Both Yescarta and Kymriah target CD19, and a recent count by the Cancer Research Institute tracked 181 cell therapy projects aimed at the antigen.

Takeda is planning to advance TAK-007 into pivotal studies in two types of lymphoma and chronic lymphocytic leukemia by 2021, with a potential filing for approval in 2023.

By then, Kymriah and Yescarta will have been on the market for six years and current bottlenecks in cell therapy treatment could be solved, helping both Takeda's potential entry as well as the host of competitors it will likely face.

Next year will be a test of how productive Takeda'scell therapy unit can be. In addition to TAK-007, the pharmaexpects to have four other CAR-T and gamma delta cell therapies in the clinic, two of which will target solid tumors.

Cell and gene therapy are part of what Takeda calls its "second wave" of R&D projects, a group of early-stage drugs and programs that it sees as progressing to regulatory stages by 2025 or later.

In the nearer term, the drugmakeris advancing a "first wave" of clinical candidates that it told investors will deliver 14 new molecular entities by 2024. Five of those will come in rare disease, with the others spread across oncology, neuroscience, gastro-enterology and vaccines.

"We think the cascade of news coming forward on these programs will transform how people view Takeda," Curran said.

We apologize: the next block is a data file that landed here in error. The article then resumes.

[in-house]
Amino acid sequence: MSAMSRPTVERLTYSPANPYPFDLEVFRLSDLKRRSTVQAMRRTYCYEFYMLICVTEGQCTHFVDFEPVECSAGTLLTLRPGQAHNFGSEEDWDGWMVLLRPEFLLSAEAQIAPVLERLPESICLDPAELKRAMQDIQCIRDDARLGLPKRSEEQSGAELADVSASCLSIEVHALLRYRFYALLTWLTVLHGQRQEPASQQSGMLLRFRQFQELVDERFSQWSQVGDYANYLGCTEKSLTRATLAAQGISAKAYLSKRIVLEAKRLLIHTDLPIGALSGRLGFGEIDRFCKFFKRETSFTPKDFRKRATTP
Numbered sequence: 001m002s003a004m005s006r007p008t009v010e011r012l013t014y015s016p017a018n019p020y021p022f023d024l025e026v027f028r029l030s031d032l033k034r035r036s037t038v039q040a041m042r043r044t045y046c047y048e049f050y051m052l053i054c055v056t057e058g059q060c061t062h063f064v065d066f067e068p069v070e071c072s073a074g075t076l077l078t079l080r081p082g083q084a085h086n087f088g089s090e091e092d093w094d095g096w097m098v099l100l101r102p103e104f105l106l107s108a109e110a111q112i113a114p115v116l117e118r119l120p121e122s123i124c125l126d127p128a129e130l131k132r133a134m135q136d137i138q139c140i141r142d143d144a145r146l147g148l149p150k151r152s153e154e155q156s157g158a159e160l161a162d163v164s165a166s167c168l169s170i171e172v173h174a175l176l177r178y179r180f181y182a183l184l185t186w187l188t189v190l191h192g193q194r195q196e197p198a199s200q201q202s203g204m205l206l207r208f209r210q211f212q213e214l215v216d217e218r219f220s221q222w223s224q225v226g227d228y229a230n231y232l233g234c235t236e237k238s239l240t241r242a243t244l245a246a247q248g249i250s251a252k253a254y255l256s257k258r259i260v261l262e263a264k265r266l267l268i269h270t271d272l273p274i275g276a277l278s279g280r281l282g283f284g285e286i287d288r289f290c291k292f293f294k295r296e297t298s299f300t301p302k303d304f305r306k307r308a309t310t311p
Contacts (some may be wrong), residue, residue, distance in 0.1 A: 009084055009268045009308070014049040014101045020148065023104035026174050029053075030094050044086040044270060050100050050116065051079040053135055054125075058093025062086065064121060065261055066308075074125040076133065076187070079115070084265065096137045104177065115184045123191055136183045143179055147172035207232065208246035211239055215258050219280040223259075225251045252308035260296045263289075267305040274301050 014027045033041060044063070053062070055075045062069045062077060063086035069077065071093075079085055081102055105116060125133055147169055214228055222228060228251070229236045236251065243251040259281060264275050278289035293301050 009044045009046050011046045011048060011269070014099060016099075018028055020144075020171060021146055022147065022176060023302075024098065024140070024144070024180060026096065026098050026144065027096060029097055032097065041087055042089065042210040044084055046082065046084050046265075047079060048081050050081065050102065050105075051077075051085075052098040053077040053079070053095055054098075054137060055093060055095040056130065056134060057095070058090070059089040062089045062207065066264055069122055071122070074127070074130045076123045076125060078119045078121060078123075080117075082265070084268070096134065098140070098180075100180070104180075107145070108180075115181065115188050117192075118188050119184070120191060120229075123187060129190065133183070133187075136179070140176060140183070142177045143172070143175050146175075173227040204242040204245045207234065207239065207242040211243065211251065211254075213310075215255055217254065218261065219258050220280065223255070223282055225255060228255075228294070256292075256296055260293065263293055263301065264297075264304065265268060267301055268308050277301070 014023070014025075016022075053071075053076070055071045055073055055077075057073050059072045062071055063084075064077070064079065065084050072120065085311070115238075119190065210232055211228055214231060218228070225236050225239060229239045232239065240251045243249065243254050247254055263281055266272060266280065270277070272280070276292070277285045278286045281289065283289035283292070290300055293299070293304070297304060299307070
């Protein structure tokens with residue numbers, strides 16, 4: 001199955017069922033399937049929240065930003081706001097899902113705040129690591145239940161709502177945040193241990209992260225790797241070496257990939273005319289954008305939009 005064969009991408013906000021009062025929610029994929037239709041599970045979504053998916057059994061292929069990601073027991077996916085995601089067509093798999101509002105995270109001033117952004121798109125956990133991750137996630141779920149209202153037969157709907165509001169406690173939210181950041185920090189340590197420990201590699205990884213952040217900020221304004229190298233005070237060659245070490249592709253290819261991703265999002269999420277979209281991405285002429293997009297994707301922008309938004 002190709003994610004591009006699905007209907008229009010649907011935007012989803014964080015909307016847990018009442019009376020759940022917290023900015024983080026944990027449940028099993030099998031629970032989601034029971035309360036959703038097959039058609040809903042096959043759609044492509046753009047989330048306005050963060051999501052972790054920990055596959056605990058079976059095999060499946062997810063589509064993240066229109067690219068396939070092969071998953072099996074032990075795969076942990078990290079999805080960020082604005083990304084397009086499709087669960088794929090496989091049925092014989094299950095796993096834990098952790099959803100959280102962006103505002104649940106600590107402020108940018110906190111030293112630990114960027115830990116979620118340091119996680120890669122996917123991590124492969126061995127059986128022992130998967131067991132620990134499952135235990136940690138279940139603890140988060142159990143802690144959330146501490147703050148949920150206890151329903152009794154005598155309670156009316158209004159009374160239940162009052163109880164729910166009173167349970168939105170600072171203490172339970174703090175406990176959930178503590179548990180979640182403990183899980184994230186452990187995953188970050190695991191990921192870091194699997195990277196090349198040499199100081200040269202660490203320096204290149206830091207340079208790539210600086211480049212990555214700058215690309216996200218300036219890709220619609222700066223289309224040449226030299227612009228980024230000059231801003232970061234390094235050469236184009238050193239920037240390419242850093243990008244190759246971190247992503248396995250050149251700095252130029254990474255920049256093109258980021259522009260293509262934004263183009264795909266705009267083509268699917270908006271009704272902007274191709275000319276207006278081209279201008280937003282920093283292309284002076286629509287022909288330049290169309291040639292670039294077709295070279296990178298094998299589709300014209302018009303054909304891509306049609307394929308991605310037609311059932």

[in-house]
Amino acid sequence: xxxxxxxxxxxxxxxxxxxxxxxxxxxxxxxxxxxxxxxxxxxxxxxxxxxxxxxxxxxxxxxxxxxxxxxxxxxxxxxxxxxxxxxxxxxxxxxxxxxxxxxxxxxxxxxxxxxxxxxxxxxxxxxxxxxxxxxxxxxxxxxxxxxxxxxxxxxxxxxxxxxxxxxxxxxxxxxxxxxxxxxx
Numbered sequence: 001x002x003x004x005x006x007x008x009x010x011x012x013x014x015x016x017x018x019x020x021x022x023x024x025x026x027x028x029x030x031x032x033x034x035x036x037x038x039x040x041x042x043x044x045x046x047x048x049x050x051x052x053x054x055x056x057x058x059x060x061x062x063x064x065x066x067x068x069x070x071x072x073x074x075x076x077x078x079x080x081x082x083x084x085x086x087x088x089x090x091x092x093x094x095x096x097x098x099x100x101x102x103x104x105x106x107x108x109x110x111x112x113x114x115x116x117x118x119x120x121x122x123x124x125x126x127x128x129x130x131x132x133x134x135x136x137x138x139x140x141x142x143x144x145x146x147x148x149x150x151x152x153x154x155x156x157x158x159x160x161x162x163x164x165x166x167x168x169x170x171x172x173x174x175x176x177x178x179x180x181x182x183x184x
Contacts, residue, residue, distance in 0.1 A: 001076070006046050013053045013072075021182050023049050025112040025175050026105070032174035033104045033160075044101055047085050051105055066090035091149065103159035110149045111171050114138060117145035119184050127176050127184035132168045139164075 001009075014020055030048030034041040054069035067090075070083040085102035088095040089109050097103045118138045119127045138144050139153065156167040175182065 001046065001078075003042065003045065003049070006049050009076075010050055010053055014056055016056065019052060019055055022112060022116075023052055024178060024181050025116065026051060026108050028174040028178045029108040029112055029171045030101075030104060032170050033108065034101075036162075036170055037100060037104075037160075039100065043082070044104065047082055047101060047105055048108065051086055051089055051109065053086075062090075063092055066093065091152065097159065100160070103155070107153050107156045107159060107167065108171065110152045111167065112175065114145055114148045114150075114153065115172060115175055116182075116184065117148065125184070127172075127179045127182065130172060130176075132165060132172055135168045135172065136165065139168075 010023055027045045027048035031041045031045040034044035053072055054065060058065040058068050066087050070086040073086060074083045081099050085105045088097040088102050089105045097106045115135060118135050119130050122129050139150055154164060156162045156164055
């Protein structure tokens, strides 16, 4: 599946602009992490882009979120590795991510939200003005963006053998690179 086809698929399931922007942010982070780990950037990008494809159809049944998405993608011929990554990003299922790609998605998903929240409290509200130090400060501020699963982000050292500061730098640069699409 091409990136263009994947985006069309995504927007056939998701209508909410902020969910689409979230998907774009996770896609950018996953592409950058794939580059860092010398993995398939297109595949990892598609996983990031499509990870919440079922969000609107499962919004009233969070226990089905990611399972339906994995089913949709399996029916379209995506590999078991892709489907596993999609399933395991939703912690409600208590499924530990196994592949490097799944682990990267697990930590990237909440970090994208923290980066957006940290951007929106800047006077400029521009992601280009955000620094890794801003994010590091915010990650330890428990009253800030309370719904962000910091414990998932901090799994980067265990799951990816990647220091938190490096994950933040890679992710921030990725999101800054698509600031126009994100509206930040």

More importantly to the investors gathered in New York, Takeda expects these experimental drugs will eventually earn $10 billion in peak annual sales, which would represent a sizable addition to a business that generated $30 billion in sales last year.

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Fujifilm adding $120M facility to its gene therapy operations in U.S. – FiercePharma

By daniellenierenberg

Continuing its expansion efforts, Japans Fujifilmwill make a major investment in its U.S. gene therapy operation with plans for a $120 million addition to its facilities in Texas.

The company said its CDMO Fujifilm Diosynth Biotechnologies will add a building to its Dallas campus which will include6,000 square meters of new laboratories as well as eight new 500 / 2,000L single use bioreactors. A Fujifilm spokeswoman said the company intends to add 75 to 100 more scientists when the first phase of the new project is ready in 2021.